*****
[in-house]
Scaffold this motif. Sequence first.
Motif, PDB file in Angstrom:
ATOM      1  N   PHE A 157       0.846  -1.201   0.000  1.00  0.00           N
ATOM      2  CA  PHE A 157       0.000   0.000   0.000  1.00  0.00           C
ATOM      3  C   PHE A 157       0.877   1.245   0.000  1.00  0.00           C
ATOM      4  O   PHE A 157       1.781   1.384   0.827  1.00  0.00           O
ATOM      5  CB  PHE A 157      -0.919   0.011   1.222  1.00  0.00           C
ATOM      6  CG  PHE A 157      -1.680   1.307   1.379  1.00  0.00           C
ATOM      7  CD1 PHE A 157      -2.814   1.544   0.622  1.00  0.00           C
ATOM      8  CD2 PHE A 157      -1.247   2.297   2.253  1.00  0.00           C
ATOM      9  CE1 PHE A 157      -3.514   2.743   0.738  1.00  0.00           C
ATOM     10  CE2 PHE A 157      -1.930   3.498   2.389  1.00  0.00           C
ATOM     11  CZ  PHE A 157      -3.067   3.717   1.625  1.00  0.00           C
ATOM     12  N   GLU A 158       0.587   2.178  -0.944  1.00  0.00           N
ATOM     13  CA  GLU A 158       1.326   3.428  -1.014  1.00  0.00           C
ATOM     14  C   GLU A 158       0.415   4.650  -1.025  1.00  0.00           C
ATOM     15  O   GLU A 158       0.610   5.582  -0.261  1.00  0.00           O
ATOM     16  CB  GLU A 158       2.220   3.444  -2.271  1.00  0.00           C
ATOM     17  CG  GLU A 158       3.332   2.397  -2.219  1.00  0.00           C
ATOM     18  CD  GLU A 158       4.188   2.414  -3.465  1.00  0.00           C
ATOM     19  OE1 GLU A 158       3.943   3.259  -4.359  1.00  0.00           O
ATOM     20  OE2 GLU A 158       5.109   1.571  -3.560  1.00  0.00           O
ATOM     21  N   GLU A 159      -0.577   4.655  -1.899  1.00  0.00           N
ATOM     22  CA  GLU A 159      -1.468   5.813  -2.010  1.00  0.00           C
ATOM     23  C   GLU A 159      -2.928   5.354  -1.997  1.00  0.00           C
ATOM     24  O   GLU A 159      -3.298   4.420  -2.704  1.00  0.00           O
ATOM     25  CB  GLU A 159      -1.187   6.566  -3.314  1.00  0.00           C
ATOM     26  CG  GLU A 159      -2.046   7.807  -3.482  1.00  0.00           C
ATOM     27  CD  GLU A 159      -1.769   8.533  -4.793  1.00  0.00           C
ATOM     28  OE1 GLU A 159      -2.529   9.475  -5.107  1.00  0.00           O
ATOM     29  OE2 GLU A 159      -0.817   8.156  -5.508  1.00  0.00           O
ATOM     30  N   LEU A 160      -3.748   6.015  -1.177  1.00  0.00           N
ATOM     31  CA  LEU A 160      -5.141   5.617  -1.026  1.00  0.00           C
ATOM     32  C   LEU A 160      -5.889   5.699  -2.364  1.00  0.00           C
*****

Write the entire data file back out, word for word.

[in-house]
Scaffold this motif. Sequence first.
Motif, PDB file in Angstrom:
ATOM      1  N   PHE A 157       0.846  -1.201   0.000  1.00  0.00           N
ATOM      2  CA  PHE A 157       0.000   0.000   0.000  1.00  0.00           C
ATOM      3  C   PHE A 157       0.877   1.245   0.000  1.00  0.00           C
ATOM      4  O   PHE A 157       1.781   1.384   0.827  1.00  0.00           O
ATOM      5  CB  PHE A 157      -0.919   0.011   1.222  1.00  0.00           C
ATOM      6  CG  PHE A 157      -1.680   1.307   1.379  1.00  0.00           C
ATOM      7  CD1 PHE A 157      -2.814   1.544   0.622  1.00  0.00           C
ATOM      8  CD2 PHE A 157      -1.247   2.297   2.253  1.00  0.00           C
ATOM      9  CE1 PHE A 157      -3.514   2.743   0.738  1.00  0.00           C
ATOM     10  CE2 PHE A 157      -1.930   3.498   2.389  1.00  0.00           C
ATOM     11  CZ  PHE A 157      -3.067   3.717   1.625  1.00  0.00           C
ATOM     12  N   GLU A 158       0.587   2.178  -0.944  1.00  0.00           N
ATOM     13  CA  GLU A 158       1.326   3.428  -1.014  1.00  0.00           C
ATOM     14  C   GLU A 158       0.415   4.650  -1.025  1.00  0.00           C
ATOM     15  O   GLU A 158       0.610   5.582  -0.261  1.00  0.00           O
ATOM     16  CB  GLU A 158       2.220   3.444  -2.271  1.00  0.00           C
ATOM     17  CG  GLU A 158       3.332   2.397  -2.219  1.00  0.00           C
ATOM     18  CD  GLU A 158       4.188   2.414  -3.465  1.00  0.00           C
ATOM     19  OE1 GLU A 158       3.943   3.259  -4.359  1.00  0.00           O
ATOM     20  OE2 GLU A 158       5.109   1.571  -3.560  1.00  0.00           O
ATOM     21  N   GLU A 159      -0.577   4.655  -1.899  1.00  0.00           N
ATOM     22  CA  GLU A 159      -1.468   5.813  -2.010  1.00  0.00           C
ATOM     23  C   GLU A 159      -2.928   5.354  -1.997  1.00  0.00           C
ATOM     24  O   GLU A 159      -3.298   4.420  -2.704  1.00  0.00           O
ATOM     25  CB  GLU A 159      -1.187   6.566  -3.314  1.00  0.00           C
ATOM     26  CG  GLU A 159      -2.046   7.807  -3.482  1.00  0.00           C
ATOM     27  CD  GLU A 159      -1.769   8.533  -4.793  1.00  0.00           C
ATOM     28  OE1 GLU A 159      -2.529   9.475  -5.107  1.00  0.00           O
ATOM     29  OE2 GLU A 159      -0.817   8.156  -5.508  1.00  0.00           O
ATOM     30  N   LEU A 160      -3.748   6.015  -1.177  1.00  0.00           N
ATOM     31  CA  LEU A 160      -5.141   5.617  -1.026  1.00  0.00           C
ATOM     32  C   LEU A 160      -5.889   5.699  -2.364  1.00  0.00           C